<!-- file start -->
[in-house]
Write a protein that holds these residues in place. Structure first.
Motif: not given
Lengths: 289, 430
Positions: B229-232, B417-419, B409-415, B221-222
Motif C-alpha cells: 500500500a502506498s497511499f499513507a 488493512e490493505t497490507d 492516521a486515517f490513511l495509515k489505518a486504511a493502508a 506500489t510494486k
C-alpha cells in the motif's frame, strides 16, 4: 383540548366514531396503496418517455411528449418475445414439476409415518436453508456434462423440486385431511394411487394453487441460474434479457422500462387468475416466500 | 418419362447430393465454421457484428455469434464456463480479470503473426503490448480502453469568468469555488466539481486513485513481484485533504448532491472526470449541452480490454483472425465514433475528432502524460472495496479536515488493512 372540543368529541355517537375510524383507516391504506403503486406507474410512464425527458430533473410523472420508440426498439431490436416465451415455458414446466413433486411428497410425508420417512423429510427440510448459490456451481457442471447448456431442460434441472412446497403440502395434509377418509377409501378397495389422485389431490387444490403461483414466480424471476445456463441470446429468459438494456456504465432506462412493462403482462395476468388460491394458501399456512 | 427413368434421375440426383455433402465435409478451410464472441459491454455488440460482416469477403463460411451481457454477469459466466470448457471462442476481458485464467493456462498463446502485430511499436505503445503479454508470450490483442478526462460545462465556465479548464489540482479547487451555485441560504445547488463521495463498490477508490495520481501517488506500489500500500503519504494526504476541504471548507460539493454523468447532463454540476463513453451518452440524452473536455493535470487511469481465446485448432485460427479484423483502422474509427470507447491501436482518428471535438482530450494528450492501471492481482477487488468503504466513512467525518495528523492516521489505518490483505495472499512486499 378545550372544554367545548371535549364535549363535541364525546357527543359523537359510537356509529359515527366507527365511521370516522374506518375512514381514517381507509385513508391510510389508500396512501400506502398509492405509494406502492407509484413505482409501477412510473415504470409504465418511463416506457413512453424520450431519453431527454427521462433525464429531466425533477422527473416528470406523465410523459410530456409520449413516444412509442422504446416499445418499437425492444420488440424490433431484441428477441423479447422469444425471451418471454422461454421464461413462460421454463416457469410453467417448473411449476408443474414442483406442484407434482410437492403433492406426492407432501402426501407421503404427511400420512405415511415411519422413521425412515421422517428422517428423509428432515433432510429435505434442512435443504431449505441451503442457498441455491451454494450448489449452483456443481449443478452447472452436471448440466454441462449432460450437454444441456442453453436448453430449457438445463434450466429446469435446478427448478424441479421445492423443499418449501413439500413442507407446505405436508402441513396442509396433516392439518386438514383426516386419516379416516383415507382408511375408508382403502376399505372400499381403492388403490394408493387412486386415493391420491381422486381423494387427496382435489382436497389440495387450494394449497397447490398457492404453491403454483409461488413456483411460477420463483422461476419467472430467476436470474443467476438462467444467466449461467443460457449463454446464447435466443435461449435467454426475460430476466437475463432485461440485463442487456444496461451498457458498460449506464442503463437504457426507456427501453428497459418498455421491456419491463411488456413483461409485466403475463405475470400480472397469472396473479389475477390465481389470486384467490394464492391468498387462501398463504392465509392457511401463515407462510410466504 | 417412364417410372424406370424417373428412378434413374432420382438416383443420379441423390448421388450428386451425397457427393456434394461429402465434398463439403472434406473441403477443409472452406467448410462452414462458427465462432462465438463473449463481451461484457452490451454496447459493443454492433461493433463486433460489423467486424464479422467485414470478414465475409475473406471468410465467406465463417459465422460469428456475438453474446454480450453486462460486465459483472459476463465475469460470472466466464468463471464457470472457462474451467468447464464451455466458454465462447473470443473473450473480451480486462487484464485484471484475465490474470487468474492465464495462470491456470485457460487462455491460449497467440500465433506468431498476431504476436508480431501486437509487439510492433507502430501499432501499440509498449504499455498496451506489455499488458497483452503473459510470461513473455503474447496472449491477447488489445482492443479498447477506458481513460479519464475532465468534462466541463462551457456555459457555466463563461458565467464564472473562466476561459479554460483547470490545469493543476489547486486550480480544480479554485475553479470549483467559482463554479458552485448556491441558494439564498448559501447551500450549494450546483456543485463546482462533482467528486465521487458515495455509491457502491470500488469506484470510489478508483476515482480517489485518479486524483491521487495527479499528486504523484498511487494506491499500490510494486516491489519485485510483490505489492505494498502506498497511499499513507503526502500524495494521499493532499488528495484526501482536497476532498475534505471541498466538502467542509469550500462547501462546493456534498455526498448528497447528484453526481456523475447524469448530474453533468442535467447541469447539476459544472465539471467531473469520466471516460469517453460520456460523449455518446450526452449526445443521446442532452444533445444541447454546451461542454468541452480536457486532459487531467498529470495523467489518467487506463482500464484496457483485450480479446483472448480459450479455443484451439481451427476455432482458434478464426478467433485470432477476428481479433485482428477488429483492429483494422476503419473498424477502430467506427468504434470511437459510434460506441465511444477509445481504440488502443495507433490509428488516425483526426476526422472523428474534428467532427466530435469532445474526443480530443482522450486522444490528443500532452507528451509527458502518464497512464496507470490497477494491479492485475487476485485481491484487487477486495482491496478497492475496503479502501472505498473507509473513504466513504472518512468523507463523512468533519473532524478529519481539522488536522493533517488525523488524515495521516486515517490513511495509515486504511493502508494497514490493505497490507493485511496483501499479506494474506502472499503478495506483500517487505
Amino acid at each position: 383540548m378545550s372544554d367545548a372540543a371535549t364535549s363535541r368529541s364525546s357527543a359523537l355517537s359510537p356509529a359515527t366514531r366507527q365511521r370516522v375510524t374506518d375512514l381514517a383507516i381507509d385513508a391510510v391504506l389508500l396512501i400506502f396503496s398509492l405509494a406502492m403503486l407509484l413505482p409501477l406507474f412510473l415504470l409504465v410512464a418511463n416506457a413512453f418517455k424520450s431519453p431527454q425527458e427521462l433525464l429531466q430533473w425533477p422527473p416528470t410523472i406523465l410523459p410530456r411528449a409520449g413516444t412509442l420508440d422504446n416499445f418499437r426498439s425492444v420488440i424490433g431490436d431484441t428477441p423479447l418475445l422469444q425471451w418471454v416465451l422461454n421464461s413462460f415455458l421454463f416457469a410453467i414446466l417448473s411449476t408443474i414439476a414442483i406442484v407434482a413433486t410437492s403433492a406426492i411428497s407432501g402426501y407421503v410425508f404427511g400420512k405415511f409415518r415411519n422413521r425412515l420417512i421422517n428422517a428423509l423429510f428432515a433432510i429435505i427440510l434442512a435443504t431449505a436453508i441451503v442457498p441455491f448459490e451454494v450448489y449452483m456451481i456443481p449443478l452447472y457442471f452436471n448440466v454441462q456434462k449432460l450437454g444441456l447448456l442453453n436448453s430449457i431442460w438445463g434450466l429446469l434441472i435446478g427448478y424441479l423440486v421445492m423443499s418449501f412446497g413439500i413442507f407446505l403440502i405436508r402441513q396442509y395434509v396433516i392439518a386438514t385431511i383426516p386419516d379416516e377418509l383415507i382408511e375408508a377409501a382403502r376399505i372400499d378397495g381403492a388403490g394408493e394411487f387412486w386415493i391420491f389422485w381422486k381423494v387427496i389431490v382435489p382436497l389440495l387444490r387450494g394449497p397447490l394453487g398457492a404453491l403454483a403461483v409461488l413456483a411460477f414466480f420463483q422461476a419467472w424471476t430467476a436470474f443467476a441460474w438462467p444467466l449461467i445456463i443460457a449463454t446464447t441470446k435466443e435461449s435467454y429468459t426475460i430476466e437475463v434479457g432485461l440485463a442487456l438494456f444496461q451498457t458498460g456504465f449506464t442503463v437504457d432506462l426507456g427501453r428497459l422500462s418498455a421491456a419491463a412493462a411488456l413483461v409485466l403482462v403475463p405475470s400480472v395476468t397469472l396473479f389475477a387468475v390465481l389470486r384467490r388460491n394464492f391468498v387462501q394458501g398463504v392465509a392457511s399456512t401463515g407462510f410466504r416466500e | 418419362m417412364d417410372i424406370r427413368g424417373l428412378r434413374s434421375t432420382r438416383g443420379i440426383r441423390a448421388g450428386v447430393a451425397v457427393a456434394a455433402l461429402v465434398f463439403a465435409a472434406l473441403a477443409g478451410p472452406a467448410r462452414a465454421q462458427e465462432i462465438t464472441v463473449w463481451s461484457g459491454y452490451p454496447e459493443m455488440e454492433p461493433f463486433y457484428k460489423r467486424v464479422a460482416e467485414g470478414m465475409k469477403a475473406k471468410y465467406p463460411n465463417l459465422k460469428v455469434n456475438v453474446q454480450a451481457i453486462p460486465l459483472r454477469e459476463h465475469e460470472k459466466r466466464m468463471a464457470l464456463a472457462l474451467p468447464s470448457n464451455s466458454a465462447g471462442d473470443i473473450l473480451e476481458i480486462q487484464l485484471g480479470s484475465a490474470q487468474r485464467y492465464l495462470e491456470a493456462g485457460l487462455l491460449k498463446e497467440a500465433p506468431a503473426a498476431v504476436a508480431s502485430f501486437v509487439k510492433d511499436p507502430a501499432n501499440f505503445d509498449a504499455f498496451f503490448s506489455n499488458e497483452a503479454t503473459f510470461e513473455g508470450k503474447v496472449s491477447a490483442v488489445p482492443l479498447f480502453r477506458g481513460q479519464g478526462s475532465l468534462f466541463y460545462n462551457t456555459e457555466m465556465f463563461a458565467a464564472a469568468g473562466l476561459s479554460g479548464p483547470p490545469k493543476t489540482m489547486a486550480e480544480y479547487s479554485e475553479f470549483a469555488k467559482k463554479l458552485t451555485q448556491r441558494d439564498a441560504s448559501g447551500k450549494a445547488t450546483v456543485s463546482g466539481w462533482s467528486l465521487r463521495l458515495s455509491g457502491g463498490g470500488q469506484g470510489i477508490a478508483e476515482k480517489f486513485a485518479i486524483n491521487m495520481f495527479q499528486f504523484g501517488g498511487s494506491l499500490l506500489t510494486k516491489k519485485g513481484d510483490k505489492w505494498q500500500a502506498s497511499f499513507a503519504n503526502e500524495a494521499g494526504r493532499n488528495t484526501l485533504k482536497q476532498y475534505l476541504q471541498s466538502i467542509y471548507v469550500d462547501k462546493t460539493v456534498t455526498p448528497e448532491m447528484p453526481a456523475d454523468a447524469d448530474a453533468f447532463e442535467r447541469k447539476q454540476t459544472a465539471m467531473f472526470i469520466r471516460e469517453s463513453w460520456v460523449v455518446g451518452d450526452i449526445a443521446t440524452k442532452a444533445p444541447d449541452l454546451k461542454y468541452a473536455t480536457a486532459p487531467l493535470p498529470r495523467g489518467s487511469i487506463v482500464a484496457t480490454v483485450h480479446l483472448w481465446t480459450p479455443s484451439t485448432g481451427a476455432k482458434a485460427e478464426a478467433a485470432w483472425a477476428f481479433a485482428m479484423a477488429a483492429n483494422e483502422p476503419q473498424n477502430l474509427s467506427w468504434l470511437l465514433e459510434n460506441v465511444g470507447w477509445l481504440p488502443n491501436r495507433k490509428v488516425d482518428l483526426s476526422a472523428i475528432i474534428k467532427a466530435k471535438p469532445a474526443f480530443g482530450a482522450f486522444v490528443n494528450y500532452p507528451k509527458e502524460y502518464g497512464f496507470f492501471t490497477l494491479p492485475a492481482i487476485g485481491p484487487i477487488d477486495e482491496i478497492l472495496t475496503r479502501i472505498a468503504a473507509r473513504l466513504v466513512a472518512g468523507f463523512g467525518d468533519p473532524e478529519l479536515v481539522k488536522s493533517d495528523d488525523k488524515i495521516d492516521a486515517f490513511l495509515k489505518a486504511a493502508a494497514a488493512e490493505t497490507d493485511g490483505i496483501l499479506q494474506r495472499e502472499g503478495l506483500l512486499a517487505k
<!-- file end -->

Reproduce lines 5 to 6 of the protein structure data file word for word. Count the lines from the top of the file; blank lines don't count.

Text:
Positions: B229-232, B417-419, B409-415, B221-222
Motif C-alpha cells: 500500500a502506498s497511499f499513507a 488493512e490493505t497490507d 492516521a486515517f490513511l495509515k489505518a486504511a493502508a 506500489t510494486k